American mountain bikers, at least the ones who have been in it for over 20 years, are looking for something more challenging than the 1.5 hour lapper at a ski resort or broken bottle riddled city park. They want adventure. They want to push themselves to a new level. They want to go beyond the bonk, sit down on course and eat 1000 calories, run out of water, crawl to a feed zone, finish refueling, and ride another 20 miles to the finish with a knog led lighting the way. They want cool venues where they can camp and gather around a bonfire while their teammates slog out more laps during a 24 hour race. They want to use the same bike in a multi-event race where pads and full face are worn one day and two camelbak bladders are packed the next. The demand for diversity is out there. However damaging this diversity may be to UCI point seekers, that demand far outweighs the benefit of hosting a UCI event. I’m sure the Angel Fire promoters will agree with me on that one.
American mountain bike racing has become incredibly diverse and promoters of these diverse events are not complaining. In fact, many of them are capping the number of participants. Entry fees range from nothing to thousands of dollars and people show up from all over to try out whatever new fangled adventure awaits over the next pass.
Big money competitive mountain biking in America has been dead for longer than most care to admit. Even the Chevy Truck days were weak compared to European world cups today. American world cuppers need to do just like the roadies did….nut up and spend A LOT of time in Europe. If you really want that front row start, prove that you deserve it with the best XC racers in the world. The list of American road racers that have done this is too long for me to publish on my pissant blog. They are doing it for a reason. Racing in Europe is a spectator sport. People pay to sit in grand stands and enter parks where the events take place. Do that in the US and you’ll be lucky if half the stands fill up. Try it at a city park mountain bike venue and the neighbors will be pissed that they won’t be able to walk their dog that day.
Keep the UCI out of American racing. American promoters should keep pushing the limits of the support with challenging events. Dare to be different. Make that feedzone just far enough into the race where a camelbak AND bottles have to be carried. Provide bacon and burgers in the feedzones. Serve beer and margaritas for free at the awards ceremony. Charge camping fees to raise money for a youth cycling program, not prize money or promoter profit. Utilize paydirt programs to get more trails.
American mountain biking has soul. That soul is getting better with age. The UCI has done little to promote the soul of mountain biking in the US. Let’s keep it that way.
Sorry it has taken me so long to update my blog. Things have been super busy with the scene here in El Paso. This past weekend’s 12 hour race confirmed that we have an awesome scene and it also helped further solidify my reasons for racing. It’s all about helping to put our scene on the national radar. Winning the Breck Epic was to legitimize the trails in El Paso as it was for my own personal goals. The fans at both the Epic and this 12 hour were awesome and I got huge cheers during awards and throughout the event. Mike, myself, and Brent have been putting in some serious time to make the mtb scene here in El Paso better for everyone. I just wish more people would get involved with the grunt work or volunteering with trail building or race marshalling.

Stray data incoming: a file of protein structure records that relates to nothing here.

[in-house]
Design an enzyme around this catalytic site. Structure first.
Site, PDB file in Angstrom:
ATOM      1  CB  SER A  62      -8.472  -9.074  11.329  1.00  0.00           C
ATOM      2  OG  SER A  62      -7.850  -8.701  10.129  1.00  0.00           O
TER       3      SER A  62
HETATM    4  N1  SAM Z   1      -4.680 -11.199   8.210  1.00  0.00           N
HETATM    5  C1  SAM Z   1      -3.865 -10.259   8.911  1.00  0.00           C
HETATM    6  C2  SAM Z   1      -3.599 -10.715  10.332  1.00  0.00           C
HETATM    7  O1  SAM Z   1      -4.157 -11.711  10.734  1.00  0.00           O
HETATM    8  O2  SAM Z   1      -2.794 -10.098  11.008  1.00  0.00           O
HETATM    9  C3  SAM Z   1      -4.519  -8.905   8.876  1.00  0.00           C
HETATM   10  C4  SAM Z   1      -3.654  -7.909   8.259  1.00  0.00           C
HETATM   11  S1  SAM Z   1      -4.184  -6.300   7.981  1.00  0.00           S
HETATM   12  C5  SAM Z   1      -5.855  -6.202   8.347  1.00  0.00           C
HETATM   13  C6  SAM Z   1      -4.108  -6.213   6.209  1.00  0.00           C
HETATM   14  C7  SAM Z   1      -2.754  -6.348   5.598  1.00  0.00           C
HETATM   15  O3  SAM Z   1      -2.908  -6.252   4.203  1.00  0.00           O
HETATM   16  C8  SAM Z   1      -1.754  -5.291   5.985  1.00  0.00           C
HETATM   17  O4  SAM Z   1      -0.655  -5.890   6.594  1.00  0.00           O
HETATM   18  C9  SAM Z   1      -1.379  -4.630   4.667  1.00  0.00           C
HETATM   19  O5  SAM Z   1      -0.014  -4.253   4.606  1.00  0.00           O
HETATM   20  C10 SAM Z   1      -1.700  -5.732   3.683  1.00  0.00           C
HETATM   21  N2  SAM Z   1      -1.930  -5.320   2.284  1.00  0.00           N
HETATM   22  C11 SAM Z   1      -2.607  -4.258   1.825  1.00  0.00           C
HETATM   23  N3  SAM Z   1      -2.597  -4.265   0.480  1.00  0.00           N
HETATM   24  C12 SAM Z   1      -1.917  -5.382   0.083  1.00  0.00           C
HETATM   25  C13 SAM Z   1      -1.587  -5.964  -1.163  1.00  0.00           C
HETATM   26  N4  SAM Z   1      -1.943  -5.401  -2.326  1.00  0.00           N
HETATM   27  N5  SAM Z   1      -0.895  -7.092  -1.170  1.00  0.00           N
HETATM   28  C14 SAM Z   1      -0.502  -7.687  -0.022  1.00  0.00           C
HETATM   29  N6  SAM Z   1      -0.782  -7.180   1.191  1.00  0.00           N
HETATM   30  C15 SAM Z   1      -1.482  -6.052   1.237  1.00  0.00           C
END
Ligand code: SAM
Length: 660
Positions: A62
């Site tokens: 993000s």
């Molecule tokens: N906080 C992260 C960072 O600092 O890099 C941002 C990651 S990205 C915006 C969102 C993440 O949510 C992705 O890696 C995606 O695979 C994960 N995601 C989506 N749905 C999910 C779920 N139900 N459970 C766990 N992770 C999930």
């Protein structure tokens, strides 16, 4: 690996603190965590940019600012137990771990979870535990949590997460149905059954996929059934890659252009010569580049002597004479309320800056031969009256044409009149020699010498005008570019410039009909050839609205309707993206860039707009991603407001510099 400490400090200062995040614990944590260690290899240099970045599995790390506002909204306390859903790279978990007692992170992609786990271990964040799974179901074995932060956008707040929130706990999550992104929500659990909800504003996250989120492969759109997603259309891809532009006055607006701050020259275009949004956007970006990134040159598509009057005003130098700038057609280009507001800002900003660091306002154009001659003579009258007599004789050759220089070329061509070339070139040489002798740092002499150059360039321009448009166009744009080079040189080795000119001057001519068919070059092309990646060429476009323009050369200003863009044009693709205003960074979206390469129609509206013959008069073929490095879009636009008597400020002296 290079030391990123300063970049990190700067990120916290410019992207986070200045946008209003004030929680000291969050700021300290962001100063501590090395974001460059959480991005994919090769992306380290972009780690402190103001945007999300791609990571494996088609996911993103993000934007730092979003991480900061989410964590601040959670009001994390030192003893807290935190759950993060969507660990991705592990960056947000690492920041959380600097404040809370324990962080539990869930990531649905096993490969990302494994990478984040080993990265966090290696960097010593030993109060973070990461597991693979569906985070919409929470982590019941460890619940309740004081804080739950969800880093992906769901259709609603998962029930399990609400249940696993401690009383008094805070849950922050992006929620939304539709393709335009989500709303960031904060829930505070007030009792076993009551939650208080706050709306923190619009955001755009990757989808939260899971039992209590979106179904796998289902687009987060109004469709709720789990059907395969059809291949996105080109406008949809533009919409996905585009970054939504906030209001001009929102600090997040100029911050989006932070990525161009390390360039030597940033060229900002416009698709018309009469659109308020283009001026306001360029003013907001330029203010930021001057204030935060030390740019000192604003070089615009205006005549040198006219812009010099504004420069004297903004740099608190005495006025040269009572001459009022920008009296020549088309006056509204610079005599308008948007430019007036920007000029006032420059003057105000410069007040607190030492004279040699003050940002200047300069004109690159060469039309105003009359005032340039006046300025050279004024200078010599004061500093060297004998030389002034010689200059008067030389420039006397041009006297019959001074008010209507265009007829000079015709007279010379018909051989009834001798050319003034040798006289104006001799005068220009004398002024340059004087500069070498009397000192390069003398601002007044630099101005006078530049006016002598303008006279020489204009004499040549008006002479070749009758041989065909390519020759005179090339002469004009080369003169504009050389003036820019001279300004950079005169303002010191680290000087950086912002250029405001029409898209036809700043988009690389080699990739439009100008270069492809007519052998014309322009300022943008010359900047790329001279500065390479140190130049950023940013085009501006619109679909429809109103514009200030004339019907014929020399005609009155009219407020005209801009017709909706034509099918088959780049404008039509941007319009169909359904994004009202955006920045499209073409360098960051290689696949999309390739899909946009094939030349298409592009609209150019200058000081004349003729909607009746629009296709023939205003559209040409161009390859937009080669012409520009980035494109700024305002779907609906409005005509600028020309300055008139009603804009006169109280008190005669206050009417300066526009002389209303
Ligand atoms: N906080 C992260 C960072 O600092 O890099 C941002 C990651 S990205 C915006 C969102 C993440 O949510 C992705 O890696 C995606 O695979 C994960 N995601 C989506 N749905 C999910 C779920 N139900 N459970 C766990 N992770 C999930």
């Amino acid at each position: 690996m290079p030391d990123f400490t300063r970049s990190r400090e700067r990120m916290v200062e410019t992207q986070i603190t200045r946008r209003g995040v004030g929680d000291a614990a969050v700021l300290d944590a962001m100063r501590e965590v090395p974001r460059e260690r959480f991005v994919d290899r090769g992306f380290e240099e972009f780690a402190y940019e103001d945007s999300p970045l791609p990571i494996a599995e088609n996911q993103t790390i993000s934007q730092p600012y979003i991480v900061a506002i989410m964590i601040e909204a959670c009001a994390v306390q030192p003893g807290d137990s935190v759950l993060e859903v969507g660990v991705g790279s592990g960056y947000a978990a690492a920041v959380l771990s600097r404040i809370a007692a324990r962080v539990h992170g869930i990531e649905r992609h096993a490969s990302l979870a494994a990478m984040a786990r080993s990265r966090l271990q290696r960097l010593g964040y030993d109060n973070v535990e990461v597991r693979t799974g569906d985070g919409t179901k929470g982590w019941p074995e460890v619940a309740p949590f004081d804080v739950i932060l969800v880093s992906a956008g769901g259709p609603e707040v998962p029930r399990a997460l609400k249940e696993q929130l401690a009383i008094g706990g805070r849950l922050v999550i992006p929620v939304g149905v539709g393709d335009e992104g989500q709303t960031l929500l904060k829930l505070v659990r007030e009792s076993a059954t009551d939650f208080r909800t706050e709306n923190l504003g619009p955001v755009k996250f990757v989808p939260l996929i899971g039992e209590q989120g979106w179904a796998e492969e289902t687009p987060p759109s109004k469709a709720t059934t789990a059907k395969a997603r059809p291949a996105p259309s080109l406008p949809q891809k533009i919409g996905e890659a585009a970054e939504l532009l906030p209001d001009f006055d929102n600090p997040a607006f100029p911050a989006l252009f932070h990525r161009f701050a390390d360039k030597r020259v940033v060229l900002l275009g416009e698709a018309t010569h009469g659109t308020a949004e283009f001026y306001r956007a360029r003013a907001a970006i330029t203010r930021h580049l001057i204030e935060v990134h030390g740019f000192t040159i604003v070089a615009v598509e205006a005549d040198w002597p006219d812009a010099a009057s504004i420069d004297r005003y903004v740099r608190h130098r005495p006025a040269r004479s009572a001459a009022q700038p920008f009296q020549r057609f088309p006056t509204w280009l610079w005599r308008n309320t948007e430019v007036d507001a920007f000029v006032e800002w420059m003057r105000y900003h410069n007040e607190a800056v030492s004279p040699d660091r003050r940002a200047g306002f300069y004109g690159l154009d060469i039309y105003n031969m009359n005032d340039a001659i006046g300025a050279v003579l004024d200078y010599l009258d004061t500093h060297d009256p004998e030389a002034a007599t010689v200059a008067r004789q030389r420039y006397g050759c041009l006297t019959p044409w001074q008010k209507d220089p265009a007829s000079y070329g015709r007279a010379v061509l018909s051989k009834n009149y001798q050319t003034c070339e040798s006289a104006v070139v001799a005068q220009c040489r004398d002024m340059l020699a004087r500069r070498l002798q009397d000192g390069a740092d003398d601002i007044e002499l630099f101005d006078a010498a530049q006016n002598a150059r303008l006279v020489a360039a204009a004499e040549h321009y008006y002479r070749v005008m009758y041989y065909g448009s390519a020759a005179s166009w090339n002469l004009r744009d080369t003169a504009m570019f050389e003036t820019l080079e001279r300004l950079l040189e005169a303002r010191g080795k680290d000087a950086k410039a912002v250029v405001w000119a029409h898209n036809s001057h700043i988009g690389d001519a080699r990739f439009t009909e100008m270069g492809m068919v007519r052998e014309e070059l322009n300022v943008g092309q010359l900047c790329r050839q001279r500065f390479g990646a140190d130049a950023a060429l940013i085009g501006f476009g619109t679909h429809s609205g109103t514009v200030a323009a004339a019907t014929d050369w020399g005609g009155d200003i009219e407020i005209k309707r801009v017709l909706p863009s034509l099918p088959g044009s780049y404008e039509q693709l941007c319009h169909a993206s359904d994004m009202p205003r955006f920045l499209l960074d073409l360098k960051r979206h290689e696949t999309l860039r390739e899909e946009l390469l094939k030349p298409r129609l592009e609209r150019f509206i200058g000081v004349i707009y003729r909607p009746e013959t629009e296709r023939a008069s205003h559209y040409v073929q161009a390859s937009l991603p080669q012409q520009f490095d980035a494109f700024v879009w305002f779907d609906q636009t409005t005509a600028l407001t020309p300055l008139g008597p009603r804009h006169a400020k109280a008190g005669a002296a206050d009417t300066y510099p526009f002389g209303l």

I knew this weekend’s 12 hour race would be harder than most people thought it might be. Yes, it’s in my backyard and I know the trails quite well. I ran a 21 t on both bikes. I was hoping everything would go well, but damn…where that wind come from?
The 12 hours of old el paso was a hit! It’s gonna get big in couple more years. It’s gonna be big next year. This year’s event only cost $40 a person. They had food, music, beer, and fireworks. Lots of my buddies were out marshalling the course and the state park guys were making some laps to check everything out.
Here’s how it went down for me. Not wearing a costume…like Brent, I had settle for a longer run to the bike.
The run wasn’t bad, but I definitely need to run more if I plan on doing more LeMann’s starts. I started out on the FS with the YESS tensioner, 32×21, nanoraptors front and rear. The first lap was a bit faster due to a bypass of the first section of single track. I was sitting in about 5th or 6th and moved up to about 3rd or 4th at the end of the lap. I rode the first 2 and half laps with eventual solo winner Adam Hoppe. He was geared and had much more fun on the climbs than I did. First lap was 38 minutes. Second lap was just as fast considering the additional single track….42 minutes. On the third lap, I switched to the hard tail so Jen could let some air out of my tires. I pitted so fast she didn’t hear what I said and ended up adding air.